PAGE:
Palestinians in Gaza say they have been trapped in their homes as deadly fighting between rival Palestinian militia groups had taken over the streets. Residents are hopeful that a truce on Tuesday morning between Hamas and Fatah would bring some form of normality back to their lives.
At least nine civilians, including three children, are believed to have been killed during battles between supporters of these two main Palestinian factions, which have claimed 32 lives since Thursday and left more than 110 wounded.
Hamas, which controls the Palestinian Authority (PA), and Fatah, the party of Palestinian President Mahmoud Abbas, have been locked in wrangling over forming a national unity government to have international sanctions lifted. Sanctions were imposed on the PA after Hamas took control a year ago through democratic elections because Hamas refuses to recognise Israel, among other contested points.
But the negotiations have borne little fruit and the dispute has spilled onto the streets, leaving Palestinians such as 55-year-old Samer Mahmoud from Jabalia refugee camp unable to leave their homes as fighting escalates. Mahmoud and his son ran for cover as militants fired rocket-propelled grenades at the nearby house of a Fatah member in clashes that left two civilians dead.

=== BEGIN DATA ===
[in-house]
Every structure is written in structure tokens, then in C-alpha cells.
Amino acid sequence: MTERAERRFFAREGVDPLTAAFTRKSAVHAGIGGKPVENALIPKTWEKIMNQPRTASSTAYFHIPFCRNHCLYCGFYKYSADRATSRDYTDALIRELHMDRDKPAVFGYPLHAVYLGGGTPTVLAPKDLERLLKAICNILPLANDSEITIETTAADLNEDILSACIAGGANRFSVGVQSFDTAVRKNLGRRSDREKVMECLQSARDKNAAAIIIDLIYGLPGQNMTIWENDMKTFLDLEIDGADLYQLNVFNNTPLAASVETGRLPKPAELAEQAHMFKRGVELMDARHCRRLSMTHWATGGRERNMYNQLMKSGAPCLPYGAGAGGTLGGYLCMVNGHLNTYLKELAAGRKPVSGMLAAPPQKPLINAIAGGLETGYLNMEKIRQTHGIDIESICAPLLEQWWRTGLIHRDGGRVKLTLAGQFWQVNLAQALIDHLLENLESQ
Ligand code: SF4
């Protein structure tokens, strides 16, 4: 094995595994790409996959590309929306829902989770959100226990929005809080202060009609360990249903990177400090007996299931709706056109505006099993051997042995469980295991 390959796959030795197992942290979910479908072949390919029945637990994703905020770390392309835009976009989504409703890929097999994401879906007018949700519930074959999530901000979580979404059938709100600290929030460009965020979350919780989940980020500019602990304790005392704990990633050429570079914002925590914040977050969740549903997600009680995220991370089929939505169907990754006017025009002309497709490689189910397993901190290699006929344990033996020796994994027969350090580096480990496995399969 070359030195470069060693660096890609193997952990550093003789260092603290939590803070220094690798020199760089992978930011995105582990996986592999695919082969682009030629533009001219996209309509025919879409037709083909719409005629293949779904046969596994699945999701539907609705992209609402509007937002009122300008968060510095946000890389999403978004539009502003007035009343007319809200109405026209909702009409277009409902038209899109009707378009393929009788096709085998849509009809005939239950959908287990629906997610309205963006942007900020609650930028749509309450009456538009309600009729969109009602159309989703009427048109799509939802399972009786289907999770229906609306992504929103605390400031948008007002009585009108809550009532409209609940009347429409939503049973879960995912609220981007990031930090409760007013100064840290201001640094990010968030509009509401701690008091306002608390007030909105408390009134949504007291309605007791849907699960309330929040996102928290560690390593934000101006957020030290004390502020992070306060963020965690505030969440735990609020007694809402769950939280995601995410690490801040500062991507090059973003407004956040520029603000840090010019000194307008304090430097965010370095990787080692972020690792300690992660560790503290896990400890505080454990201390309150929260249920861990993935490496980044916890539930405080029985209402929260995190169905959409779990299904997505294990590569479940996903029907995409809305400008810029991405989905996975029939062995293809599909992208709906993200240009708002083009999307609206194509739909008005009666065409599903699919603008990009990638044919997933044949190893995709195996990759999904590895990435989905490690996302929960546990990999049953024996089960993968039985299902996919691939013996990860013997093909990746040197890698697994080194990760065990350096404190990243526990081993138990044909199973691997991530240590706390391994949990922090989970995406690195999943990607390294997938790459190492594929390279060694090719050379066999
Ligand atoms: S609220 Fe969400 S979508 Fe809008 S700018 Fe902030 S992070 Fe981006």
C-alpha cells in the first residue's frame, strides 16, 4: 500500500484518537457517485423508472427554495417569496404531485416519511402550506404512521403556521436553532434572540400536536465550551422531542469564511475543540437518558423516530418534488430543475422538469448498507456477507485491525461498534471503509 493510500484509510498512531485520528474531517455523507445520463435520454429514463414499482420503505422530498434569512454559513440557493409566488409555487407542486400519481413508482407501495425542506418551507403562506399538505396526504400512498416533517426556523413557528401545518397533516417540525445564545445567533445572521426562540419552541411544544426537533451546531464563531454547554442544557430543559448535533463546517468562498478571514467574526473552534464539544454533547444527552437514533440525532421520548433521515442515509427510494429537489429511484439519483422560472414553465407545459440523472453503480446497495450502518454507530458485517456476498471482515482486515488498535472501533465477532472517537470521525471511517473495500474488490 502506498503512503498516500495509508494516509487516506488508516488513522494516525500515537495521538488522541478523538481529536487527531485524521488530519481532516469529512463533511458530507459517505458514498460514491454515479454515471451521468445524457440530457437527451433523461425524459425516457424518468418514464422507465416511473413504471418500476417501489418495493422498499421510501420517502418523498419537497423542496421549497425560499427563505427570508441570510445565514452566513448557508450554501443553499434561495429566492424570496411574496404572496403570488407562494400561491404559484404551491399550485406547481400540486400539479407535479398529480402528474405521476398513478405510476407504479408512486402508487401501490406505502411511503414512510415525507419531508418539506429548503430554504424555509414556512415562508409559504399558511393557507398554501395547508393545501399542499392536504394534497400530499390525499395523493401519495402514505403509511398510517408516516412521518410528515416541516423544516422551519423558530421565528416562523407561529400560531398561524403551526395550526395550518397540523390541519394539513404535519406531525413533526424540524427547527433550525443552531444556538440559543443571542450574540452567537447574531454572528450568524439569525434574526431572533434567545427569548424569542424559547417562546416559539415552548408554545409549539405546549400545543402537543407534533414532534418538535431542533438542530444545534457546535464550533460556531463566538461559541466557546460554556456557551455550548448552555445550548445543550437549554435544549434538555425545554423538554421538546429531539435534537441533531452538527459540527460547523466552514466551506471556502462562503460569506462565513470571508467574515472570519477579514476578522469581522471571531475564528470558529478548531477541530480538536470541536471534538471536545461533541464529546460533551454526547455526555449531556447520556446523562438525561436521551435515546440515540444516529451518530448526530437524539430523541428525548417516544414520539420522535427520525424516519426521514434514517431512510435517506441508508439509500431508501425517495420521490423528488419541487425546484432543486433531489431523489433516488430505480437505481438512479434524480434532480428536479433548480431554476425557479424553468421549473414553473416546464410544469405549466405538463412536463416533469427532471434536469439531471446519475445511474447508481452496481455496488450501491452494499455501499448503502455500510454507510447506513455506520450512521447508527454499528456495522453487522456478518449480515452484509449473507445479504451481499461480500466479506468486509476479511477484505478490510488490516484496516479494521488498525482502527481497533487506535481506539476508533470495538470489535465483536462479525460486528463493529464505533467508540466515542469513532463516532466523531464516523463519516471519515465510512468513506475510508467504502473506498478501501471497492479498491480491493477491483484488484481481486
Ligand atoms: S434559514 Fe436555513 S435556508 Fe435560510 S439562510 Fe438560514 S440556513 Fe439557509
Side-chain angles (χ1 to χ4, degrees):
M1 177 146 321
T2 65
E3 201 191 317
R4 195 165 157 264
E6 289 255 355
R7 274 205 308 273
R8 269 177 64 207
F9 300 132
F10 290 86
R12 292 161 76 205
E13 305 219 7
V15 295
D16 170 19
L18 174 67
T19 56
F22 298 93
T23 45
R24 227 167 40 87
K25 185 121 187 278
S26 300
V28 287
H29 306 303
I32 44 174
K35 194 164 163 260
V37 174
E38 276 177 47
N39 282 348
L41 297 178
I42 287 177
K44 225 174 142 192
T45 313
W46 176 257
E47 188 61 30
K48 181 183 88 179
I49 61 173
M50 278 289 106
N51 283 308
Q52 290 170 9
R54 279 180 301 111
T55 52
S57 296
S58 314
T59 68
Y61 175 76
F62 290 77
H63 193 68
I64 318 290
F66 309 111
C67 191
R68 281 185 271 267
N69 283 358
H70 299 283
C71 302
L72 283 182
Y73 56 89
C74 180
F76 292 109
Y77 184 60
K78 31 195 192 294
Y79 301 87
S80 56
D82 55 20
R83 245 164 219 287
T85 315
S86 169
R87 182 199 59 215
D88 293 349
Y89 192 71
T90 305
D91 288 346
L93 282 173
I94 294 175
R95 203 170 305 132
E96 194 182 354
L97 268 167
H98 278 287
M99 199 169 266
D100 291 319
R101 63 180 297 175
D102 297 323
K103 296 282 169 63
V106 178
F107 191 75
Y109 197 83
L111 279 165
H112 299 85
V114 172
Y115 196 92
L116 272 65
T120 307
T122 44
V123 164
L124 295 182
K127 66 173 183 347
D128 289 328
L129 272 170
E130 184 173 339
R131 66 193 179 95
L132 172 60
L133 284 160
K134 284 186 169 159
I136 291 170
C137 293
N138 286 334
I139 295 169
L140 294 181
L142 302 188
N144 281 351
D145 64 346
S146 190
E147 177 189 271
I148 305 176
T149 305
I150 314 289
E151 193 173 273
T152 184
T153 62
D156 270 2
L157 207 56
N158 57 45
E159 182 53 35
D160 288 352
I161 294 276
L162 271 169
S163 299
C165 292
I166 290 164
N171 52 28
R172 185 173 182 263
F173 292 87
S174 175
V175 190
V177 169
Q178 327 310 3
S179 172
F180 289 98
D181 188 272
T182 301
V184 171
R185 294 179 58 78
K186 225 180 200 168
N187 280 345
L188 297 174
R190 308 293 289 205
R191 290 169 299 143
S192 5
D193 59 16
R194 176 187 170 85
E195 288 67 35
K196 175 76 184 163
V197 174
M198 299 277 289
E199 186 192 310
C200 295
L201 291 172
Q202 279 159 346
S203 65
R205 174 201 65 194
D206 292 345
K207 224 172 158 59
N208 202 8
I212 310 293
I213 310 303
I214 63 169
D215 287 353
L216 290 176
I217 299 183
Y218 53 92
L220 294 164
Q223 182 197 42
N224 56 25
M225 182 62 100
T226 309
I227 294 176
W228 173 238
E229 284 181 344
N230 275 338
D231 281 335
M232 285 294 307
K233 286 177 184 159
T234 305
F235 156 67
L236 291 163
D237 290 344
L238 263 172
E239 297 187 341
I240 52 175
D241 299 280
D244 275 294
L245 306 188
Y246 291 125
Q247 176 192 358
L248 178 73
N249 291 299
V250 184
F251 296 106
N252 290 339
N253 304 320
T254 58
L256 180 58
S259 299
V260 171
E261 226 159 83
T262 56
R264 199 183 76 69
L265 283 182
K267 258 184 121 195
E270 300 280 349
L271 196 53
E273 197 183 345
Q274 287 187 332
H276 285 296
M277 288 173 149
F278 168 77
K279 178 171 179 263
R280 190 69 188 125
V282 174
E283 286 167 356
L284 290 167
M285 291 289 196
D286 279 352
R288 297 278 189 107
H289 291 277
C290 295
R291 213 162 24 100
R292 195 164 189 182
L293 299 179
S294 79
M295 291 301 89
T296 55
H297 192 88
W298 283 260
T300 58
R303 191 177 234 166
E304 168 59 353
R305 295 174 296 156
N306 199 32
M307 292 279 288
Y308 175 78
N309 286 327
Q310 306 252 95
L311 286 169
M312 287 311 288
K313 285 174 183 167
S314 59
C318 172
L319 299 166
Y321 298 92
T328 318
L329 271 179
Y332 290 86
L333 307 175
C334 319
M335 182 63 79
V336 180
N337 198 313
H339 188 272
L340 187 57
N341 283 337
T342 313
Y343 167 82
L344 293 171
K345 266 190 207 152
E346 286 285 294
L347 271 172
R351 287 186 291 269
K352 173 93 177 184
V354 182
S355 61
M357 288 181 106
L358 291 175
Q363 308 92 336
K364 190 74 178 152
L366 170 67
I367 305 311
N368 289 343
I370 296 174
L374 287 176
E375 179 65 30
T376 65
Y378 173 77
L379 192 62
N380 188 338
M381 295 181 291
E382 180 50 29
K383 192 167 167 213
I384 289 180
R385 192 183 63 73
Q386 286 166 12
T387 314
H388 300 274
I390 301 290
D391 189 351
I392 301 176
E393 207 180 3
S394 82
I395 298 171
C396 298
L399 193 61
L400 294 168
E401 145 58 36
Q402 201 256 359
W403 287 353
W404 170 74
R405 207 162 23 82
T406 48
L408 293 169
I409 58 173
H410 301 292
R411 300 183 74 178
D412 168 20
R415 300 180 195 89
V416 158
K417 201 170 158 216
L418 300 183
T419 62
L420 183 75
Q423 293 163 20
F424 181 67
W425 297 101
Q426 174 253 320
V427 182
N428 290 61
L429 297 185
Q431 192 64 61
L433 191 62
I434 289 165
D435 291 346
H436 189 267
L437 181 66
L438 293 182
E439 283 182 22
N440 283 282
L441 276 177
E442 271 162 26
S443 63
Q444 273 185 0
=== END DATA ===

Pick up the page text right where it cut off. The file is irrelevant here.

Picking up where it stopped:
Streets in the camp, which houses 100,000 Palestinian refugees, were deserted and shops closed, while militia took up positions at road junctions. “It is causing panic among us citizens - we need someone to stop this bloodshed,” said Mahmoud.
“The violence was severe and both sides showed no respect for the lives of innocent people or restraint in the use of weapons. They were using heavy rockets,” said Hamdi Shaqura, director of the democratic development project at the Palestinian Centre for Human Rights, which recorded every clash. “This was organised violence, not just scattered here and there, and we blame both Fatah and Hamas for it.”
The United Nations and aid agencies said they were continuing with their work, despite the fighting.
“The fighting hampers the movement of our international staff - but all our food distribution is carrying on and our schools and health centres are open,” said Johan Eriksson, spokesman for the UN’s agency for Palestine refugees (UNRWA).
“But it’s very hard for the parents of schoolchildren - they sit at home worrying that their children are going to be shot,” he said, adding that the school term is due to end next Thursday.
“We are just staying low key and assessing the situation but we are continuing with our work,” said Allyn Dhynes, spokesman for WorldVision, which works with local Palestinians on agriculture projects.